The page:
Librarians Give Up, Make the Periodicals a Green Zone

By Dewey Decimal

Dining in Dinand


Dinand Library has undergone many changes this academic year, including the opening of new study rooms and a change in hours. The room formerly known as the periodicals now houses the art, architecture, and photography books collection, while long-obsolete magazines and newspapers have been moved to the main reading room and hopefully the internet. Most controversially, the space has also been changed from a red zone (a silent study space) to a green zone (a complete free-for-all).

Some might think that the change in study space designation is to accommodate collaborative study, but after interviewing many Dinand librarians, it became clear that library staff simply could not keep up with shushing the ever-rowdy periodicals students. One librarian stated that “It was a complete zoo in there. We just didn’t have the resources to keep that place quiet. I swear, I don’t think anyone knew that the room was a red zone anyway.” Said every single Holy Cross student, “Wait, that place was a red zone?”

Regular periodicals students are quite divided on the matter. The Eggplant managed to interview Katie Foley ‘19 while she was studying in the periodicals. Foley stated: “I used to love coming to the periodicals. It was a completely silent study space where I could really come to grind and crank out work. I watched the entire first season of ‘13 Reasons Why’ in one sitting here two years ago. Now with all the moderate conversation and collaborative study going on, how am I supposed to focus on my shows?” The rest of Foley’s interview was drowned out by the sound of the cordless drill she was operating to secure a plaque that read “Periodicals Hermit” on her preferred cubicle.

Isabel Tehan ‘19 also expressed displeasure at the change in designation. “As a red zone, the periodicals used to be a silent study space that only I would regularly disturb with noises ranging from loud, gossipy conversations to crunching on tortilla chips. Now that the periodicals are a green zone, everyone will feel comfortable being as annoying and disruptive as I have been for the past three years, and that’s not okay with me.” Tehan’s laptop typing reportedly deafened two sophomores last year.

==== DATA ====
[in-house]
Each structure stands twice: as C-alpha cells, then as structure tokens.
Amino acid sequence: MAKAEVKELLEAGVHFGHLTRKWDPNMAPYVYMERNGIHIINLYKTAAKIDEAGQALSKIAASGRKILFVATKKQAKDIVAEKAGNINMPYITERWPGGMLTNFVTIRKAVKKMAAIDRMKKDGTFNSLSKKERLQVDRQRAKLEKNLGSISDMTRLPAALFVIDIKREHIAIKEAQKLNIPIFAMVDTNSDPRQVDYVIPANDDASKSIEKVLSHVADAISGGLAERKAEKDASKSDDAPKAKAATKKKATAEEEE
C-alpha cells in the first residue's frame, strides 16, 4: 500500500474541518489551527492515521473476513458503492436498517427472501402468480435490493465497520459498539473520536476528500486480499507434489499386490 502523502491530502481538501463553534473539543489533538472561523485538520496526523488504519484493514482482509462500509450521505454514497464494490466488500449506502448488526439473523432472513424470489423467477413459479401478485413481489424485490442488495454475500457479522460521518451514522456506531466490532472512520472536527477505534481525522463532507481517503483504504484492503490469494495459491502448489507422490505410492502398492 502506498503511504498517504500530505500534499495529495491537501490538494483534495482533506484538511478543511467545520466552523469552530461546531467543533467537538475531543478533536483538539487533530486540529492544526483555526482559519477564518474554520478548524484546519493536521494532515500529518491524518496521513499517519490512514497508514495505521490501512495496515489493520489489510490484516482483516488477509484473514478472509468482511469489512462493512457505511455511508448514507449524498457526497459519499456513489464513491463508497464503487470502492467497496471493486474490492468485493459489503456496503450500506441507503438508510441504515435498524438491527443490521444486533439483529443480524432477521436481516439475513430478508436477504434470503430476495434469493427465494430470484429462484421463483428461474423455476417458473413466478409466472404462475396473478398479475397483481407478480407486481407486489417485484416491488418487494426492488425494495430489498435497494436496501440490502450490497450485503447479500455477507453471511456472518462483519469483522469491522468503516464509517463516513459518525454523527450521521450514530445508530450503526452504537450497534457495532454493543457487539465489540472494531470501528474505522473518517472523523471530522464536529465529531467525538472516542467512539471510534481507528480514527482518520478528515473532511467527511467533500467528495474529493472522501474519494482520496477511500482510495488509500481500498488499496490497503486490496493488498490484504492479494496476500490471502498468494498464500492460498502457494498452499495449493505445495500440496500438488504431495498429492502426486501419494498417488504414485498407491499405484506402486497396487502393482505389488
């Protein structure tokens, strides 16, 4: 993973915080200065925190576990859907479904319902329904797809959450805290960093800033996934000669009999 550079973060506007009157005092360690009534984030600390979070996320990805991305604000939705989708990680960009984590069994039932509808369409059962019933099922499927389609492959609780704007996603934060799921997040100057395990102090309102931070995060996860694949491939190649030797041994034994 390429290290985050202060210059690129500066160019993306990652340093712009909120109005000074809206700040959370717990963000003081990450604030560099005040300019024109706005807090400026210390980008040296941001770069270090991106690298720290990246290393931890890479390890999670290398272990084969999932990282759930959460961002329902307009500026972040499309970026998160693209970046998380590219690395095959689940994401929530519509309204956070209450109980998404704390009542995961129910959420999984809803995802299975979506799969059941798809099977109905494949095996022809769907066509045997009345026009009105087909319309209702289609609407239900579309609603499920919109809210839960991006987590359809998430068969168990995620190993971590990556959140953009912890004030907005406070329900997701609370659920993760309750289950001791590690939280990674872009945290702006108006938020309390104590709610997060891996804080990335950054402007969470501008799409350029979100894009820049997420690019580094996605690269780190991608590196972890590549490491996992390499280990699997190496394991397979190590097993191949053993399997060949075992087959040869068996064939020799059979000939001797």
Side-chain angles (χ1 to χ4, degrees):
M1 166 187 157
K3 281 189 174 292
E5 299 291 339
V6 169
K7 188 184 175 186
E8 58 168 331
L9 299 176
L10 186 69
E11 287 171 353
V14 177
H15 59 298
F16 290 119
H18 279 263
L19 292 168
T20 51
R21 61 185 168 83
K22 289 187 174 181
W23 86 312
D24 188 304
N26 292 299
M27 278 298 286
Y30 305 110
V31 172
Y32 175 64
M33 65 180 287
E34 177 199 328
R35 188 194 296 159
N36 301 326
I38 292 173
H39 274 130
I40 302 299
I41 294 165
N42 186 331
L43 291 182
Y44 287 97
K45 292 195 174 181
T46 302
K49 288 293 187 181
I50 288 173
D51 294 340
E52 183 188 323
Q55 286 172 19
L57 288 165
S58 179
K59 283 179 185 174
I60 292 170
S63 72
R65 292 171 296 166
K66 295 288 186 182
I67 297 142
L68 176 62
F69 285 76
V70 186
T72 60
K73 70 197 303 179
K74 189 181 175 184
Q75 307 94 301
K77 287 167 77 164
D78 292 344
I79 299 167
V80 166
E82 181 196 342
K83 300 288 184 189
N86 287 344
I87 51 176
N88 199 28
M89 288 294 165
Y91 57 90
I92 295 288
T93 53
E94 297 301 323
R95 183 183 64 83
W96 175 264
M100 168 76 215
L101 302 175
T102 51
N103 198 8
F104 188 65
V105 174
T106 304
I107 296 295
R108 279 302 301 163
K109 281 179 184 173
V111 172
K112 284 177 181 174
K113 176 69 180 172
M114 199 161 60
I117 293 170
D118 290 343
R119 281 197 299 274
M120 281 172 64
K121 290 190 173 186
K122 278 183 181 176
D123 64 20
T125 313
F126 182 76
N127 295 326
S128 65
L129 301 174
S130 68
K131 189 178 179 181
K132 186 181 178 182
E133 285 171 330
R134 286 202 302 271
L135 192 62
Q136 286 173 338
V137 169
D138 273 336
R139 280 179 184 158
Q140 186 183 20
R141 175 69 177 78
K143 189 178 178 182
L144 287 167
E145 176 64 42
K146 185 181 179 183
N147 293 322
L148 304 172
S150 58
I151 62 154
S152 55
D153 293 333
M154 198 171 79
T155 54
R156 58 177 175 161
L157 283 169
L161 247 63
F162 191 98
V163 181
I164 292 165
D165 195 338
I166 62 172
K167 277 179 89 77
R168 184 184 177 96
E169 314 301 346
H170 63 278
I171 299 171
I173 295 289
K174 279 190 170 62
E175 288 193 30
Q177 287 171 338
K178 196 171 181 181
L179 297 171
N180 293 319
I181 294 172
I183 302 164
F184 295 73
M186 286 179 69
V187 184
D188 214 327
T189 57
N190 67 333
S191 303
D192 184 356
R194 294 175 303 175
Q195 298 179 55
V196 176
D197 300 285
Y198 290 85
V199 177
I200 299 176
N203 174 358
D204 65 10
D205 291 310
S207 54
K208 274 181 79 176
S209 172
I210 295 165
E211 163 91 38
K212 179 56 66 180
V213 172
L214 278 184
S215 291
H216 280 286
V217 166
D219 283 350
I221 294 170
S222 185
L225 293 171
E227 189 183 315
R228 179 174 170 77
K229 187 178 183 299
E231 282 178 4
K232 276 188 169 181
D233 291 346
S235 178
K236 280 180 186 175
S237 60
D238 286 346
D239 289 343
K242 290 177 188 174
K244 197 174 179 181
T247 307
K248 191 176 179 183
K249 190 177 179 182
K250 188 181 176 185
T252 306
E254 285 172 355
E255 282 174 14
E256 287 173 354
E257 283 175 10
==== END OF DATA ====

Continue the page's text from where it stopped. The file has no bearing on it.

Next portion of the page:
Other students welcomed the change to a green zone, hoping that librarians would be more lenient about inevitable noise. Many conceded that while the noise levels of the periodicals could get a bit high at times, the head Dinand librarian also tended to be a bit overzealous in his patrolling. Too frightened to utter his true name, students refer to him only with the fearsome epithet of “Santa.”  

A sophomore reported that “last year in the periodicals, my phone went off. Santa made me do 50 push-ups for that one. Still not as bad as the time I asked my friend if he wanted to come to the lobby shop with me. I can never look at a roll of duct tape the same way again,” he said with a distant, pained look in his eye. Senior Erin O’Meara, who hasn’t left the periodicals in roughly two years, shared a similar sentiment. Echoing fear of Santa’s wrath in a silent study zone, she recalled how, after once having the audacity to come to the library whilst battling a head cold, Santa forced her to write 500 lines of “I will not sneeze in the periodicals.”

No one can seem to reach a consensus as to whether the periodicals change is beneficial or not, or how the new designation will alter the study space. At press time, Holy Cross had listed the periodicals alongside Seelos, Brooks Concert Hall, Fenwick and the Pit as a performing arts space.

Categories: Eggplant

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